I remember Dad urging me to read the Declaration of Independence as it was reprinted in The New York Times on at least one Fourth of July. He unfolded the paper on the floor in our living room at the shore and started reading it aloud to me. By recollection, I was 13 at the time. It is in that spirit that I offer a reprint here, courtesy https://www.archives.gov/founding-docs/declaration-transcript.
Here it is reprinted in all its Times New Roman, eminently legible glory:
In Congress, July 4, 1776.
The unanimous Declaration of the thirteen united States of America, When in the Course of human events, it becomes necessary for one people to dissolve the political bands which have connected them with another, and to assume among the powers of the earth, the separate and equal station to which the Laws of Nature and of Nature’s God entitle them, a decent respect to the opinions of mankind requires that they should declare the causes which impel them to the separation.
We hold these truths to be self-evident, that all men are created equal, that they are endowed by their Creator with certain unalienable Rights, that among these are Life, Liberty and the pursuit of Happiness.–That to secure these rights, Governments are instituted among Men, deriving their just powers from the consent of the governed, –That whenever any Form of Government becomes destructive of these ends, it is the Right of the People to alter or to abolish it, and to institute new Government, laying its foundation on such principles and organizing its powers in such form, as to them shall seem most likely to effect their Safety and Happiness. Prudence, indeed, will dictate that Governments long established should not be changed for light and transient causes; and accordingly all experience hath shewn, that mankind are more disposed to suffer, while evils are sufferable, than to right themselves by abolishing the forms to which they are accustomed. But when a long train of abuses and usurpations, pursuing invariably the same Object evinces a design to reduce them under absolute Despotism, it is their right, it is their duty, to throw off such Government, and to provide new Guards for their future security.–Such has been the patient sufferance of these Colonies; and such is now the necessity which constrains them to alter their former Systems of Government. The history of the present King of Great Britain is a history of repeated injuries and usurpations, all having in direct object the establishment of an absolute Tyranny over these States. To prove this, let Facts be submitted to a candid world.
He has refused his Assent to Laws, the most wholesome and necessary for the public good.
He has forbidden his Governors to pass Laws of immediate and pressing importance, unless suspended in their operation till his Assent should be obtained; and when so suspended, he has utterly neglected to attend to them.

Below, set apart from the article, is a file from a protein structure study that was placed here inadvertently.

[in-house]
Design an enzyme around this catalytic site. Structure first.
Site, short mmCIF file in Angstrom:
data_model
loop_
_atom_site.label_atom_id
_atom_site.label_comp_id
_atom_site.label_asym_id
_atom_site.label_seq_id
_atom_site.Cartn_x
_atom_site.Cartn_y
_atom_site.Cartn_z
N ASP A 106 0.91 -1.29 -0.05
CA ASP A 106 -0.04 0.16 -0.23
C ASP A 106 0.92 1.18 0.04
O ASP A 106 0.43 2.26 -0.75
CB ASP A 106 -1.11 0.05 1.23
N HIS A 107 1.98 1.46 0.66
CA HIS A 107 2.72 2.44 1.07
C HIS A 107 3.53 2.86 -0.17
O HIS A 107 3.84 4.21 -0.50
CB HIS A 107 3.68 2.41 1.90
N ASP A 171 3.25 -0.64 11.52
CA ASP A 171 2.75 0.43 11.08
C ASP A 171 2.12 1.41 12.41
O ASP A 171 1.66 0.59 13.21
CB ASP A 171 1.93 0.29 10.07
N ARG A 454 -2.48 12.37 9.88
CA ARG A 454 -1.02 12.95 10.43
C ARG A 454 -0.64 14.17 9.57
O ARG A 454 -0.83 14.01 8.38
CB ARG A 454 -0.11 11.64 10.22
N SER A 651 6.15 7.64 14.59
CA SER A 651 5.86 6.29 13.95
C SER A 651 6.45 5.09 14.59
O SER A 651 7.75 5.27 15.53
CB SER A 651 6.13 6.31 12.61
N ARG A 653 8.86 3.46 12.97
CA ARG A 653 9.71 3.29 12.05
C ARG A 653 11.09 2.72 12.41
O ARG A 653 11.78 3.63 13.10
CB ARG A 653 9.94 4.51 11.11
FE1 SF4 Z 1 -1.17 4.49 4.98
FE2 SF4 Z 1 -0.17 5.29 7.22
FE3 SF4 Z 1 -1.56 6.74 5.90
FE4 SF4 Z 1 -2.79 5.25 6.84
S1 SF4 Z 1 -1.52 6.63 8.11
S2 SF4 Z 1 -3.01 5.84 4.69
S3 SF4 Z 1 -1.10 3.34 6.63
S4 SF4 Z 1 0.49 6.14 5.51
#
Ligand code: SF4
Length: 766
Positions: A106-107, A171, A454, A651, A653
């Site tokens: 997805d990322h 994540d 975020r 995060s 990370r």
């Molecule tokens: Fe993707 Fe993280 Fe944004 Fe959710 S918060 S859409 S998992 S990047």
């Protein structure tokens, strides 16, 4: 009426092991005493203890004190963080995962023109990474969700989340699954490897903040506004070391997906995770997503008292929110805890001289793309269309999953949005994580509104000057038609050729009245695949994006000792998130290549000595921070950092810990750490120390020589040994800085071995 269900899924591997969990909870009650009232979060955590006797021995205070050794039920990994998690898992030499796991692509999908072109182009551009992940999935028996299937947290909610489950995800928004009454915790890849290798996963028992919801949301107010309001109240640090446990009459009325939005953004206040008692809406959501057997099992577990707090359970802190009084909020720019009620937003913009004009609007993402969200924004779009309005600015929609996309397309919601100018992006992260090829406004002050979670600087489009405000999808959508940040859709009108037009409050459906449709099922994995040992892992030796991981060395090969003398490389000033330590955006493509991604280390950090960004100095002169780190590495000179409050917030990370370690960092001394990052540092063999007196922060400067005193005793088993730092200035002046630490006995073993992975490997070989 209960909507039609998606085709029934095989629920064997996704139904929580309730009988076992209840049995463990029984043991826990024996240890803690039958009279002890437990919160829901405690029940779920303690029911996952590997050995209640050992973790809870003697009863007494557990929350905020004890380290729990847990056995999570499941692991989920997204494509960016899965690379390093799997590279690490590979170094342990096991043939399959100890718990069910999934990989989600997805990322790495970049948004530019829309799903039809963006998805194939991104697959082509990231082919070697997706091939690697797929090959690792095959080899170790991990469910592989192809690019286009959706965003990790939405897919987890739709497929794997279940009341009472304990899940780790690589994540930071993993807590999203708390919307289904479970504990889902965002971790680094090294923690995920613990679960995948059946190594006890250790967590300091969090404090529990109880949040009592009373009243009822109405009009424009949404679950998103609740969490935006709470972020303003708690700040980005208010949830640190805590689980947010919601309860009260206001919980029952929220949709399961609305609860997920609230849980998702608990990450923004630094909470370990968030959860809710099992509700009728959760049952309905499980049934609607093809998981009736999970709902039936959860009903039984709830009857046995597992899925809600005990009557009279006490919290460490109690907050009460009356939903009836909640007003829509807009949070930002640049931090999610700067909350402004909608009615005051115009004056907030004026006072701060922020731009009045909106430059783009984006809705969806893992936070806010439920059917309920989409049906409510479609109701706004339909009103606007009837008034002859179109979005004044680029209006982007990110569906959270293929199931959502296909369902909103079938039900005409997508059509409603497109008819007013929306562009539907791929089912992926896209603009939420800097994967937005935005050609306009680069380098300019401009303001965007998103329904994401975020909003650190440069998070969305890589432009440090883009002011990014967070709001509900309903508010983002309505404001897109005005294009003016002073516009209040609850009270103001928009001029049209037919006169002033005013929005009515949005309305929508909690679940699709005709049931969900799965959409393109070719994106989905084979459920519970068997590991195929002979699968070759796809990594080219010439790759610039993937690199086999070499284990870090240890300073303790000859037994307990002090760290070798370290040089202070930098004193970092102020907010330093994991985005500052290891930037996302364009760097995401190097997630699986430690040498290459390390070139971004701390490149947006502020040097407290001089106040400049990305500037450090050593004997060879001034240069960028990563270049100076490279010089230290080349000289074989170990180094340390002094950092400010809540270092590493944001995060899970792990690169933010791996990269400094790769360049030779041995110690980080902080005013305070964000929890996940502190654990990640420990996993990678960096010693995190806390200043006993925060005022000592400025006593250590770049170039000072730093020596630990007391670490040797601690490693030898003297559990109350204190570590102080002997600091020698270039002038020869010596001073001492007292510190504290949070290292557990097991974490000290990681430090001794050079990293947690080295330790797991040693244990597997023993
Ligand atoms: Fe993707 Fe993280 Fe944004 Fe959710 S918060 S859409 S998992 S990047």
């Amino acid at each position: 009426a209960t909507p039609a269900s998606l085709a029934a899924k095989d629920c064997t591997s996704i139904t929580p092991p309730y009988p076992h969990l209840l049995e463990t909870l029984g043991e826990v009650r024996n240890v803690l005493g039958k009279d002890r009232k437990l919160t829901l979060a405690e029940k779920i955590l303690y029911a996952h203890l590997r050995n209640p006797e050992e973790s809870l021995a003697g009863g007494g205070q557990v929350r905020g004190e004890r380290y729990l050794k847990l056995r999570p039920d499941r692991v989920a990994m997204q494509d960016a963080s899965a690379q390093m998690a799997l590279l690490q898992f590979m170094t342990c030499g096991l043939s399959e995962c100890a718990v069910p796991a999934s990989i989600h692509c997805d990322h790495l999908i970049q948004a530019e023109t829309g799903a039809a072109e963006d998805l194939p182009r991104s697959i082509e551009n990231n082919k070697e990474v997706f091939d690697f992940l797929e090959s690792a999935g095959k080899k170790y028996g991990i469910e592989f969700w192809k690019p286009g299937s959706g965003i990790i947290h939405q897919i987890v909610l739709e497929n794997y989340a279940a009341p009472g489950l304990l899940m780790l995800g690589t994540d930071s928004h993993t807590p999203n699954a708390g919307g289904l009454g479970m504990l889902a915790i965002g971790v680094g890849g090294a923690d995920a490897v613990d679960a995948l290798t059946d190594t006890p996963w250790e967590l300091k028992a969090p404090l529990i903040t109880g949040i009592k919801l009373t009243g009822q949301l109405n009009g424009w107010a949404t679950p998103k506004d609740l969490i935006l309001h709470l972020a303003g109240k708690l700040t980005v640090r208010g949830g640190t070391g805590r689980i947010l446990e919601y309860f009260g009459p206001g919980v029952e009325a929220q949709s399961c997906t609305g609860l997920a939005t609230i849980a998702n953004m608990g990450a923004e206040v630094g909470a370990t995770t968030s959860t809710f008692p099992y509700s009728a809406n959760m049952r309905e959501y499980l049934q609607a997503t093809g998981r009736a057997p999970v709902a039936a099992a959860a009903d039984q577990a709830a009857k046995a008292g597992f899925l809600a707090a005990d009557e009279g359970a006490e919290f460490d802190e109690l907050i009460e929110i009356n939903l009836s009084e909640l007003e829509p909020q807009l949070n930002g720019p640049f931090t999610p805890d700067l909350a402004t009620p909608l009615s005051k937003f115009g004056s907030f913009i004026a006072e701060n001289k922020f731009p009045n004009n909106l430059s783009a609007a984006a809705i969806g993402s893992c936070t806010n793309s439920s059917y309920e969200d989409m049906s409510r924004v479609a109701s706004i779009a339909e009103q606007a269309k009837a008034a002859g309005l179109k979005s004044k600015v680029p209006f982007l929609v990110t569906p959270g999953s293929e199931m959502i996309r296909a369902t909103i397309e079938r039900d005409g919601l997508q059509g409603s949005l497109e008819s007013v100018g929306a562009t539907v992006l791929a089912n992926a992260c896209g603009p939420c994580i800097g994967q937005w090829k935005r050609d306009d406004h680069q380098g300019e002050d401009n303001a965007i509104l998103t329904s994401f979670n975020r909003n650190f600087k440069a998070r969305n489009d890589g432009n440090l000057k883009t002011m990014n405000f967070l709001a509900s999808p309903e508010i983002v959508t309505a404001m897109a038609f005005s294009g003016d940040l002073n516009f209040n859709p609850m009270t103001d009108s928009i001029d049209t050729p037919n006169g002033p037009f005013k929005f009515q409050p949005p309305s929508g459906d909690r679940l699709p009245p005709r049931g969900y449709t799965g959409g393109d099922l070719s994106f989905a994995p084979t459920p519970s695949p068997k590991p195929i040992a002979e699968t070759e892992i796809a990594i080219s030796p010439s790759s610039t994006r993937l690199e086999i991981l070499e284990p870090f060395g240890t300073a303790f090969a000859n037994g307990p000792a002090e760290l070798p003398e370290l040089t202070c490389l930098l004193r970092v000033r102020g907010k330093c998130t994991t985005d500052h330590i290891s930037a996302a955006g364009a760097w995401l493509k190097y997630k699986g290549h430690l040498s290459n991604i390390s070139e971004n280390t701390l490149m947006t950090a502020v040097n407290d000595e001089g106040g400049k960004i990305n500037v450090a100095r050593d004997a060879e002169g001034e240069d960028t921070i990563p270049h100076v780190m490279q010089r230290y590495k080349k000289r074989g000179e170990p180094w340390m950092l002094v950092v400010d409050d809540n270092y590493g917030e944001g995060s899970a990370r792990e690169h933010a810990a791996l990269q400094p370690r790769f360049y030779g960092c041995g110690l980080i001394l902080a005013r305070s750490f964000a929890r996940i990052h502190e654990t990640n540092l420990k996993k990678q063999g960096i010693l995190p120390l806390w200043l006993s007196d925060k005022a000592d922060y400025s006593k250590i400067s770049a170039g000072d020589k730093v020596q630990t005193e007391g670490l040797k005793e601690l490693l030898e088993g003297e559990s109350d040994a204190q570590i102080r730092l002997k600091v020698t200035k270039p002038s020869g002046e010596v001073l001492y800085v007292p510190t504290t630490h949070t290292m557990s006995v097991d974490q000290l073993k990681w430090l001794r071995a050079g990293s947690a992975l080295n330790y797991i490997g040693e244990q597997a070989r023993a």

He has refused to pass other Laws for the accommodation of large districts of people, unless those people would relinquish the right of Representation in the Legislature, a right inestimable to them and formidable to tyrants only.
He has called together legislative bodies at places unusual, uncomfortable, and distant from the depository of their public Records, for the sole purpose of fatiguing them into compliance with his measures.
He has dissolved Representative Houses repeatedly, for opposing with manly firmness his invasions on the rights of the people.
He has refused for a long time, after such dissolutions, to cause others to be elected; whereby the Legislative powers, incapable of Annihilation, have returned to the People at large for their exercise; the State remaining in the mean time exposed to all the dangers of invasion from without, and convulsions within.
He has endeavoured to prevent the population of these States; for that purpose obstructing the Laws for Naturalization of Foreigners; refusing to pass others to encourage their migrations hither, and raising the conditions of new Appropriations of Lands.
He has obstructed the Administration of Justice, by refusing his Assent to Laws for establishing Judiciary powers.
He has made Judges dependent on his Will alone, for the tenure of their offices, and the amount and payment of their salaries.
He has erected a multitude of New Offices, and sent hither swarms of Officers to harrass our people, and eat out their substance.
He has kept among us, in times of peace, Standing Armies without the Consent of our legislatures.
He has affected to render the Military independent of and superior to the Civil power.
He has combined with others to subject us to a jurisdiction foreign to our constitution, and unacknowledged by our laws; giving his Assent to their Acts of pretended Legislation:
For Quartering large bodies of armed troops among us:
For protecting them, by a mock Trial, from punishment for any Murders which they should commit on the Inhabitants of these States:
For cutting off our Trade with all parts of the world:
For imposing Taxes on us without our Consent:
For depriving us in many cases, of the benefits of Trial by Jury:
For transporting us beyond Seas to be tried for pretended offences
For abolishing the free System of English Laws in a neighbouring Province, establishing therein an Arbitrary government, and enlarging its Boundaries so as to render it at once an example and fit instrument for introducing the same absolute rule into these Colonies:
For taking away our Charters, abolishing our most valuable Laws, and altering fundamentally the Forms of our Governments:
For suspending our own Legislatures, and declaring themselves invested with power to legislate for us in all cases whatsoever.
He has abdicated Government here, by declaring us out of his Protection and waging War against us.
He has plundered our seas, ravaged our Coasts, burnt our towns, and destroyed the lives of our people.
He is at this time transporting large Armies of foreign Mercenaries to compleat the works of death, desolation and tyranny, already begun with circumstances of Cruelty & perfidy scarcely paralleled in the most barbarous ages, and totally unworthy the Head of a civilized nation.
He has constrained our fellow Citizens taken Captive on the high Seas to bear Arms against their Country, to become the executioners of their friends and Brethren, or to fall themselves by their Hands.